Whether you are working, reading, or mindlessly scrolling social media, screens are our constant companion these days. If you’ve noticed your eyes are feeling more tired, dry, and irritated than ever, that’s because of our new best friend, the screen as well.
In order to keep our eyes hydrated, our body is internally wired to blink roughly every 13 seconds, releasing the oil that makes up our tear film with every blink. But when we are looking at screens, our blink rates plummet by66%, meaning less tear film released onto the surface of the eyes, and thus drier eyes.
Eyeglasses hurting from blue lightMaple Grove Eye Doctors
Which screen is the best for your eyes? Studies show that smaller screens with lower brightness settings, like e-readers or smartphones are the best for visual comfort and ocular surface health
Reducing screen time may not be that easy, especially since the onset of the COVID19 pandemic, average screen time use in the United States has skyrocketed, with the average American adult increasing from roughly 10 hours per day reported in 2019. to 13 hours per day in 2020.
Can we potentially reduce our symptoms of dry eye by at least choosing the least irritating device to look at?
A new study published in Optometry and Vision Science explored just this and found that the screen that you use does in fact matter! Participants were then asked to read for 15 minutes on a laptop computer screen, tablet, e-reader, or smartphone and the ocular surface measurements and questionnaires were repeated.
The Results
The very best ocular surface health and reported comfort were found when participants read on e-readers or smartphonesReading on the laptop computer produced the worst disturbances of both ocular surface findings and questionnaire indices.
Girl with tablet Maple Grove Eye Doctors at Pearle Vision
Interestingly, the study also compared these results with and without the use of artificial tears. Using artificial tears had no statistically significant effect on any of the ocular surface findings.
Why does using an e-reader or a smartphone help reduce dry eye signs and symptoms over reading on a computer?
Study author Cristian Talens-Estarelles, MSc writes that the improved dry eye results with e-readers and smartphones are most likely “attributed to a lower gaze angle and the enhanced optical properties of the e-reader,” noting that “the e-reader reflects rather than emits light from behind the screen, similar to how a printed paper behaves.”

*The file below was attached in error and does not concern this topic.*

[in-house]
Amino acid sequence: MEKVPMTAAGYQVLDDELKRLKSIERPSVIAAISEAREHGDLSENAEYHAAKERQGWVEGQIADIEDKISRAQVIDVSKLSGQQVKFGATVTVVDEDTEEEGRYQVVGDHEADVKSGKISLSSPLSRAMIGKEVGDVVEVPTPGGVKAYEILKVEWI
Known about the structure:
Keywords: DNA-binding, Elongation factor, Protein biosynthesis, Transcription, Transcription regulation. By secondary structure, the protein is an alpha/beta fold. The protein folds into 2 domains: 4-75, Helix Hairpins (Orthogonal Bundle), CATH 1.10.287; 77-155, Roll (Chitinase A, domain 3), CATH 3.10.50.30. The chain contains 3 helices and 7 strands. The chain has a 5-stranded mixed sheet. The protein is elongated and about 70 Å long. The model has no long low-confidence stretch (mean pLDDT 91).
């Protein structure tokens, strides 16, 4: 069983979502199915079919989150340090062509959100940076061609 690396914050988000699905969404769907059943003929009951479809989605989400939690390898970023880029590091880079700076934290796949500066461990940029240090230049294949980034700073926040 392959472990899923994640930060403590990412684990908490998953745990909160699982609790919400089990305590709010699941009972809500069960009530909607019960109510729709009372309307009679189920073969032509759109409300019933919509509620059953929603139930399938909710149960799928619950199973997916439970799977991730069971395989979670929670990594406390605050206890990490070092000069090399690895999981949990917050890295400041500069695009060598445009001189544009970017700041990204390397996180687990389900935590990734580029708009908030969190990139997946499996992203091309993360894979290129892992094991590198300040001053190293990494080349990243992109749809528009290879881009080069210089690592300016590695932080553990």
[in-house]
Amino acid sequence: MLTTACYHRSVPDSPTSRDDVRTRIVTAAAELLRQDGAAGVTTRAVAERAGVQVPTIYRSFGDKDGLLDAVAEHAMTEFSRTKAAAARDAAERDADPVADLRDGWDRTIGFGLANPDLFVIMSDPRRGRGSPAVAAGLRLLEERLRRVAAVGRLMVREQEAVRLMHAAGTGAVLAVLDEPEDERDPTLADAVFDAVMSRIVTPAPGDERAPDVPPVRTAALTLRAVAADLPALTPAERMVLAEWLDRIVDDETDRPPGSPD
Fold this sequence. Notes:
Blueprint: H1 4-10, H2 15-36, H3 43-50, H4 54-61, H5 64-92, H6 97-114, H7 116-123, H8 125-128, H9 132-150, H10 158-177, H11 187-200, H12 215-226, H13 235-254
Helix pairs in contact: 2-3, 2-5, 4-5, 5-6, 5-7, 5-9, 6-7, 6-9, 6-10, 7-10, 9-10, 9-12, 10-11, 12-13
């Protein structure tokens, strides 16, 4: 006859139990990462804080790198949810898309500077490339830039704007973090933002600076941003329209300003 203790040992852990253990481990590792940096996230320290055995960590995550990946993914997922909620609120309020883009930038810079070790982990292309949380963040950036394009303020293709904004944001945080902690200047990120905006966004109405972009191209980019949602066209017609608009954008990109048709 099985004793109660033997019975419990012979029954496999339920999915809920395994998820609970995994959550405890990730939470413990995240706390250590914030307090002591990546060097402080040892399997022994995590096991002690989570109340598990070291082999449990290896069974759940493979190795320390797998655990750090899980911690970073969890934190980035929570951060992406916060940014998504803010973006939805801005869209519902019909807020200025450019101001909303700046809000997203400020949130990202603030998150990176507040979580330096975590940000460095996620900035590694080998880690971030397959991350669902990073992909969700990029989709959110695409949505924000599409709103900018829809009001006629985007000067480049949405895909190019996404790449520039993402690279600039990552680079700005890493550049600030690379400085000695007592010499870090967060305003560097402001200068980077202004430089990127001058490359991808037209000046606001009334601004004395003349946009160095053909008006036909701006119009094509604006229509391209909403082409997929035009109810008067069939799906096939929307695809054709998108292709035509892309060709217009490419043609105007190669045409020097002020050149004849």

Man using tablet Maple Grove Eye Doctors at Pearle Vision
The advantages of reading from a smartphone or e-reader on the comfort and ocular surface health of our eyes include:
  • Smaller screen size. While it may be tempting if your eyes are bothering you to request a larger or even second monitor for work, thinking that a bigger viewing area will make things easier, the science actually shows making monitors larger or using multiple screen monitors is much more uncomfortable for the eyes.  Larger or multiple screen monitors require our eyes to be open wider and slow blink rate down as our brain focuses on peripheral vision to scan between multiple displays.
  • Lower angle of gaze. Research shows that viewing screens with a downward gaze  (15-20 degrees below eye level) is the most comfortable for the eyes because it encourages a more natural blink rate.   A disadvantage of larger and multiple screen monitors is that they are typically positioned directly at eye level instead of in this downward position of gaze which increases discomfort significantly.
  • Lower brightness levels. Reflections from our screens can cause significant visual discomfort, and studies show the screen we are looking at should never be brighter than the ambient room lighting. E-readers and smartphones, especially when Night-Shift mode is enabled, are superior options at reducing reflections and screen brightness to create a more natural viewing environment.
And with any screen use, don’t forget that TAKING BREAKS IS THE MOST IMPORTANT THING THAT YOU CAN DO!
For every 20 minutes that you are working, reading, or playing on a screen, you should take a 20 second break to blink and look down a hallway or out a window (20 feet away). This is called the 20/20/20 Rule and research shows it’s our best protection to keep eyes comfortable and blinking more naturally!
20 20 20 rule Maple Grove Eye Doctors at Pearle Vsion

20-20-20 rule